by Ryan Mogge
This article contains SPOILERS. If you haven’t read the issue yet, proceed at your own risk!
Every character has a set of principles by which they live their lives. These can be made clear in daily actions or revealed in moments of crisis. Sometimes, a writer can just have the character lay it out. In Ms. Marvel 20, G. Willow Wilson give several of her characters a chance to share their philosophies directly, making it more a story of ideas than super-heroes.
Wilson gives the first several pages to Aamir’s philosophy of what makes a person a terrorist. There are thematic story reasons for this speech, as demonstrated by cuts to Discord and Lockdown, but the monologue is not limited to the implications of the story. This point of view does not just apply to Marvel’s Jersey City. It functions as a direct communication to the reader about our own world. Wilson gives Aamir space to make his case without challenge and the cop’s disinterest in engaging in the broader conversation leaves the text seeming to support Aamir’s ideas. This is pretty bald speechifying, and starting the issue in such a heady place makes much of what follows feel more like a mirror exercise than a vital story of its own.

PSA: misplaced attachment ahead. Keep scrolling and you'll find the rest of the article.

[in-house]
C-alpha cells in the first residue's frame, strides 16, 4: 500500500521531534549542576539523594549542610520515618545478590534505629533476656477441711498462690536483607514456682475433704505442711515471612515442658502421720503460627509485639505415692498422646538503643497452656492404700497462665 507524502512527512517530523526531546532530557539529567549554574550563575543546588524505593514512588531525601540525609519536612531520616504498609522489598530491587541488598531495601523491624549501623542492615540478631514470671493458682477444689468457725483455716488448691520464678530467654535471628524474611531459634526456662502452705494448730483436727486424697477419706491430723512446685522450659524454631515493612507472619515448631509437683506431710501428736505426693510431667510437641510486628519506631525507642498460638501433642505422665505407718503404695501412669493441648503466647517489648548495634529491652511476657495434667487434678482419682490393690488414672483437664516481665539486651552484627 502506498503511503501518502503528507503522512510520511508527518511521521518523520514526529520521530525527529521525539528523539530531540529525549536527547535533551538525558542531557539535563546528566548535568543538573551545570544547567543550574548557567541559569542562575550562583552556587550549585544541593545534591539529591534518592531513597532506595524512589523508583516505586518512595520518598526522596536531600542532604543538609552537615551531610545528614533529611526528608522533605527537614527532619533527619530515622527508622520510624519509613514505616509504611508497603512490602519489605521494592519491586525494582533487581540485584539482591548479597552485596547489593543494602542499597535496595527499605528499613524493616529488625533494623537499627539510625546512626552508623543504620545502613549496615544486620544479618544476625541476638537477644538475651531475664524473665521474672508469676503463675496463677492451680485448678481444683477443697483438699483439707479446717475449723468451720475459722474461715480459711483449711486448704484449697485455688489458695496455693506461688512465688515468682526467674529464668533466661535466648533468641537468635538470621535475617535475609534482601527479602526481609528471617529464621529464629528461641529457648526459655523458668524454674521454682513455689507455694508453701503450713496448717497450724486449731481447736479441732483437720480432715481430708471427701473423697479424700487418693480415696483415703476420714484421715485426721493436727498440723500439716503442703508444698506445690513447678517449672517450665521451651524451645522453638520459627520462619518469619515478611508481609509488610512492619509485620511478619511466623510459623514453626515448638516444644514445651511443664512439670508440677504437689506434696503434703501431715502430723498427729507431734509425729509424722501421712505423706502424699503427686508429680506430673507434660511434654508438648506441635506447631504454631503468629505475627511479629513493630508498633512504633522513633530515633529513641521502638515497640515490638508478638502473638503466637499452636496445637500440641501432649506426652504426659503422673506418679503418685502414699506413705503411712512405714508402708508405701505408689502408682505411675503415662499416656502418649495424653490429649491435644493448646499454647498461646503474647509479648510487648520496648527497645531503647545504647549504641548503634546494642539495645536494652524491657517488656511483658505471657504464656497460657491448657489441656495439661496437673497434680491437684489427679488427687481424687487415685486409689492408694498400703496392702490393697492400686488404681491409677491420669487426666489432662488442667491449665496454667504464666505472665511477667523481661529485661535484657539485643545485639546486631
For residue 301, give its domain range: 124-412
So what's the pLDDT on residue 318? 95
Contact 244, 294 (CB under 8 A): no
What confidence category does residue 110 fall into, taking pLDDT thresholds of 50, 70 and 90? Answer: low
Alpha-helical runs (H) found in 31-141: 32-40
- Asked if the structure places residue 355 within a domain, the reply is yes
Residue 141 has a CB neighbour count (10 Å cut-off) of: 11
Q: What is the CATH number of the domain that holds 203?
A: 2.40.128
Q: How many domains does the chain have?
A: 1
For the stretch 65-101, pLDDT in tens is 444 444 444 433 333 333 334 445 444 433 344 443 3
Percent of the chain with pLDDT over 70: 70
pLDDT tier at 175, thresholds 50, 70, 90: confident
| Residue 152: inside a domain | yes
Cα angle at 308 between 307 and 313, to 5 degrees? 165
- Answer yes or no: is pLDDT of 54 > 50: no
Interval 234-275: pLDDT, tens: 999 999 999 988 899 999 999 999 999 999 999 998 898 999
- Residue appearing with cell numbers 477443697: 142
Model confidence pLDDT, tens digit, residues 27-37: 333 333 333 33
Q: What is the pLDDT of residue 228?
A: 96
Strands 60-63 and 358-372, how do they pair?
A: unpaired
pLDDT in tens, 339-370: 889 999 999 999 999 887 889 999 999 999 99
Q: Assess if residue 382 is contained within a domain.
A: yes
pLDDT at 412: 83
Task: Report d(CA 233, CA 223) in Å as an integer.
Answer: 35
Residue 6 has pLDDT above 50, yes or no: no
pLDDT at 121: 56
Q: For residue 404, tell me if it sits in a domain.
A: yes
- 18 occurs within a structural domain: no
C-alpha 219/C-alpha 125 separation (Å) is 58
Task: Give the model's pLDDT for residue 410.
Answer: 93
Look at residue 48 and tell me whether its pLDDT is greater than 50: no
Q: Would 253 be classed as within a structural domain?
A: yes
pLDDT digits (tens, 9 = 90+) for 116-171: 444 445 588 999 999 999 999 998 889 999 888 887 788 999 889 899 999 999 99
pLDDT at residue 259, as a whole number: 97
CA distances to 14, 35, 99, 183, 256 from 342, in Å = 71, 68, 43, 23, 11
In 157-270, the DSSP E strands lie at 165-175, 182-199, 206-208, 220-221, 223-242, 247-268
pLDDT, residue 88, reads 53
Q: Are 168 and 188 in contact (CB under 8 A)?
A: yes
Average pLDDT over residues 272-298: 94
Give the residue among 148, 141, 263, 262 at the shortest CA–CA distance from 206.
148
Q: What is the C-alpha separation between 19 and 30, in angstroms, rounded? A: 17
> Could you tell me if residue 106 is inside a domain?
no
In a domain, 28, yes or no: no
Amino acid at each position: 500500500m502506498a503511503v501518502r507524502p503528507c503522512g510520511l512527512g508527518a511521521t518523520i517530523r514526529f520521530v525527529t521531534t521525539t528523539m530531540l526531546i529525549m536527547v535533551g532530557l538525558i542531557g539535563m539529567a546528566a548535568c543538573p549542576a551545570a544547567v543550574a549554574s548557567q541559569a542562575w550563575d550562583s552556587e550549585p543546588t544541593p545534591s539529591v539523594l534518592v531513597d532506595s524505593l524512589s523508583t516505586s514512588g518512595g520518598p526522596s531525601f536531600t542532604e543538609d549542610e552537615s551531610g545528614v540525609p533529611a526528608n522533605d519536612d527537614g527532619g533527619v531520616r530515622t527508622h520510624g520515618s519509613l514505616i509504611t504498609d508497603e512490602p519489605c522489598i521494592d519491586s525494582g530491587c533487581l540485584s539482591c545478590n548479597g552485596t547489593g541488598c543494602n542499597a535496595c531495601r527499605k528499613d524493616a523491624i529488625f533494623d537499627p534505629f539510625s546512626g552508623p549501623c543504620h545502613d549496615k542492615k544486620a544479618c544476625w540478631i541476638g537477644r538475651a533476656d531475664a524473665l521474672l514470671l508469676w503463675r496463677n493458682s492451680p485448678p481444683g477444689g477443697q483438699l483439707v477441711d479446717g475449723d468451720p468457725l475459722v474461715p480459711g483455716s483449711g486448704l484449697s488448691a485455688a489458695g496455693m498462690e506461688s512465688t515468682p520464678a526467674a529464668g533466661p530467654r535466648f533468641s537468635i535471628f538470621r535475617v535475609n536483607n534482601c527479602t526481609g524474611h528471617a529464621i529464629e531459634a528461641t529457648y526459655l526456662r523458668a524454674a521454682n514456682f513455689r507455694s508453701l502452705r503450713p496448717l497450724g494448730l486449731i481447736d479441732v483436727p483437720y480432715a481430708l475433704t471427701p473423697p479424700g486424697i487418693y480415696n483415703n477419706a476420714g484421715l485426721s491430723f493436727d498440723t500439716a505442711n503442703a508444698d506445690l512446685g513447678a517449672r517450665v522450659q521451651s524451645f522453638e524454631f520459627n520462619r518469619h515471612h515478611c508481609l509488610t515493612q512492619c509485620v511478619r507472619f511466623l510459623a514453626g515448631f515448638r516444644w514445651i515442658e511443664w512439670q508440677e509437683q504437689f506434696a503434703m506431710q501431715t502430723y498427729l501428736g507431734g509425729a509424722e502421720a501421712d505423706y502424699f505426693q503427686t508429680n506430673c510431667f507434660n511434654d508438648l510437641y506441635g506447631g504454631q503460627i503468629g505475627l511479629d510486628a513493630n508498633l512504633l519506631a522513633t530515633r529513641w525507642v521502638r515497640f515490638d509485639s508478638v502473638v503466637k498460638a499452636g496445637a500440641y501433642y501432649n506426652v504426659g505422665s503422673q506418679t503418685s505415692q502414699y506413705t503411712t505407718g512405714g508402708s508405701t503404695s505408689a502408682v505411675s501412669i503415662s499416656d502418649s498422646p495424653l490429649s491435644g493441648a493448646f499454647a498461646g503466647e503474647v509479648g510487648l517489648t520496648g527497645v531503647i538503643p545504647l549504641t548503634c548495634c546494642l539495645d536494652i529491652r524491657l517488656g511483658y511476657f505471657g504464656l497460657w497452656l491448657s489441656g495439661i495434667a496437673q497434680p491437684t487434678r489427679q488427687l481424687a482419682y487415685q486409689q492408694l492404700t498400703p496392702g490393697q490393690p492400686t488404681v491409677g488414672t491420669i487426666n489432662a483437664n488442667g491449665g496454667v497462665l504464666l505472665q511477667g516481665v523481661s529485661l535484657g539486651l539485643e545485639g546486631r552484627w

When the crowd at Chuck’s rally does the “Chuck Her Out” chant, there is no question that we are to be reflecting on similar chants during the 2016 Presidential campaign.
It’s here that Ms Marvel gets a short speech of her own in which she acknowledges that she hasn’t always considered the perspective of the people who didn’t want a costumed hero. It’s a generous moment for her, since there has been no reasonable or thoughtful presentation of that position. This is an emotional mob, led by a manipulative politician whose rhetoric evokes an imaginary “better time” in the past.
Later, Wilson gives former Mayor Marchesi a chance to explain her own theory about human nature. When she claims that the primary fear for humanity is scarcity. Again, like Aamir, Marchesi is unchallenged. Wilson allows this assertion to sit there for the reader and Kamala to process. In the final panel of the issue, Kamala is faced with a direct threat to her brother. For the first time in the issue, it feels like the action within is more compelling than the ideas espoused.
The conversation doesn’t stop there. What do you wanna talk about from this issue?